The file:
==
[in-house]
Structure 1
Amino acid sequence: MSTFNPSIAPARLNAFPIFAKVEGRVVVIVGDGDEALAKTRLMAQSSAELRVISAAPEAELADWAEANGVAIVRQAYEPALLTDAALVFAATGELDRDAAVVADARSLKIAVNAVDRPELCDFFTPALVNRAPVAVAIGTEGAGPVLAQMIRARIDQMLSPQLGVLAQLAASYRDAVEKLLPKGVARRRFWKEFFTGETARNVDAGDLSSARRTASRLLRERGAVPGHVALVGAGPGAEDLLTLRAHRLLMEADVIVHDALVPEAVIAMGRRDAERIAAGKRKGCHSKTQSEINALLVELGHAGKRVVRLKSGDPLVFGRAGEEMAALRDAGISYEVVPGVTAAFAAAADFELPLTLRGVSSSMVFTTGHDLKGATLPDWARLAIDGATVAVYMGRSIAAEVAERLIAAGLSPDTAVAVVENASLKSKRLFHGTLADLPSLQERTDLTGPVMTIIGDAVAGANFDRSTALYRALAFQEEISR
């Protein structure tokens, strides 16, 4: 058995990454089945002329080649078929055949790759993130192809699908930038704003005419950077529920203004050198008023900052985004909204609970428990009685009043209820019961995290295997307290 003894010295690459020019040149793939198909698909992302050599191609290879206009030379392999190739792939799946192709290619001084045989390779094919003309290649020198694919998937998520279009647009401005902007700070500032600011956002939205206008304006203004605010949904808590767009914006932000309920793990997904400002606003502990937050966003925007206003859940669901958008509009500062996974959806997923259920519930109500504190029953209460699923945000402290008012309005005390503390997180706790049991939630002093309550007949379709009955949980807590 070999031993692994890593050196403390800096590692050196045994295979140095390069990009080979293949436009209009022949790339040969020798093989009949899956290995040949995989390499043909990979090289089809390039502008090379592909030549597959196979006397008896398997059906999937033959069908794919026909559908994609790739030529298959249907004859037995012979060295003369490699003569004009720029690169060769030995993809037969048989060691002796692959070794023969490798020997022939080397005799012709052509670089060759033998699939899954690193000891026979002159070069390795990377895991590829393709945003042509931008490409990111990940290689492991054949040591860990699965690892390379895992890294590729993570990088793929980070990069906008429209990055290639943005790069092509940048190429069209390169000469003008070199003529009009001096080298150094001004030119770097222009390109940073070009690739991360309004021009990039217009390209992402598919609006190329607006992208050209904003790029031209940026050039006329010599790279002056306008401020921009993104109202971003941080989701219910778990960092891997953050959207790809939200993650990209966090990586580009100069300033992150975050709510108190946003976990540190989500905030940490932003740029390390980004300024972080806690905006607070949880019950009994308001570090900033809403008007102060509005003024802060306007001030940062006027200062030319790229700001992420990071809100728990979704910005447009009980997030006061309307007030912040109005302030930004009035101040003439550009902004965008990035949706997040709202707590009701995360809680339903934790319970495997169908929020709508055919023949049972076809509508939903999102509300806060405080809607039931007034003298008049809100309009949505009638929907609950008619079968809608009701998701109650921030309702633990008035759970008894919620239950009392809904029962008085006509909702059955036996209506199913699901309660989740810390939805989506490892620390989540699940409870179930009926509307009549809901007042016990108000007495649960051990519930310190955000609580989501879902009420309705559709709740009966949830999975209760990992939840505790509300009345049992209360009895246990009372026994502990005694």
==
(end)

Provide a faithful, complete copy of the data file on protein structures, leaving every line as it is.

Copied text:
[in-house]
Structure 1
Amino acid sequence: MSTFNPSIAPARLNAFPIFAKVEGRVVVIVGDGDEALAKTRLMAQSSAELRVISAAPEAELADWAEANGVAIVRQAYEPALLTDAALVFAATGELDRDAAVVADARSLKIAVNAVDRPELCDFFTPALVNRAPVAVAIGTEGAGPVLAQMIRARIDQMLSPQLGVLAQLAASYRDAVEKLLPKGVARRRFWKEFFTGETARNVDAGDLSSARRTASRLLRERGAVPGHVALVGAGPGAEDLLTLRAHRLLMEADVIVHDALVPEAVIAMGRRDAERIAAGKRKGCHSKTQSEINALLVELGHAGKRVVRLKSGDPLVFGRAGEEMAALRDAGISYEVVPGVTAAFAAAADFELPLTLRGVSSSMVFTTGHDLKGATLPDWARLAIDGATVAVYMGRSIAAEVAERLIAAGLSPDTAVAVVENASLKSKRLFHGTLADLPSLQERTDLTGPVMTIIGDAVAGANFDRSTALYRALAFQEEISR
């Protein structure tokens, strides 16, 4: 058995990454089945002329080649078929055949790759993130192809699908930038704003005419950077529920203004050198008023900052985004909204609970428990009685009043209820019961995290295997307290 003894010295690459020019040149793939198909698909992302050599191609290879206009030379392999190739792939799946192709290619001084045989390779094919003309290649020198694919998937998520279009647009401005902007700070500032600011956002939205206008304006203004605010949904808590767009914006932000309920793990997904400002606003502990937050966003925007206003859940669901958008509009500062996974959806997923259920519930109500504190029953209460699923945000402290008012309005005390503390997180706790049991939630002093309550007949379709009955949980807590 070999031993692994890593050196403390800096590692050196045994295979140095390069990009080979293949436009209009022949790339040969020798093989009949899956290995040949995989390499043909990979090289089809390039502008090379592909030549597959196979006397008896398997059906999937033959069908794919026909559908994609790739030529298959249907004859037995012979060295003369490699003569004009720029690169060769030995993809037969048989060691002796692959070794023969490798020997022939080397005799012709052509670089060759033998699939899954690193000891026979002159070069390795990377895991590829393709945003042509931008490409990111990940290689492991054949040591860990699965690892390379895992890294590729993570990088793929980070990069906008429209990055290639943005790069092509940048190429069209390169000469003008070199003529009009001096080298150094001004030119770097222009390109940073070009690739991360309004021009990039217009390209992402598919609006190329607006992208050209904003790029031209940026050039006329010599790279002056306008401020921009993104109202971003941080989701219910778990960092891997953050959207790809939200993650990209966090990586580009100069300033992150975050709510108190946003976990540190989500905030940490932003740029390390980004300024972080806690905006607070949880019950009994308001570090900033809403008007102060509005003024802060306007001030940062006027200062030319790229700001992420990071809100728990979704910005447009009980997030006061309307007030912040109005302030930004009035101040003439550009902004965008990035949706997040709202707590009701995360809680339903934790319970495997169908929020709508055919023949049972076809509508939903999102509300806060405080809607039931007034003298008049809100309009949505009638929907609950008619079968809608009701998701109650921030309702633990008035759970008894919620239950009392809904029962008085006509909702059955036996209506199913699901309660989740810390939805989506490892620390989540699940409870179930009926509307009549809901007042016990108000007495649960051990519930310190955000609580989501879902009420309705559709709740009966949830999975209760990992939840505790509300009345049992209360009895246990009372026994502990005694």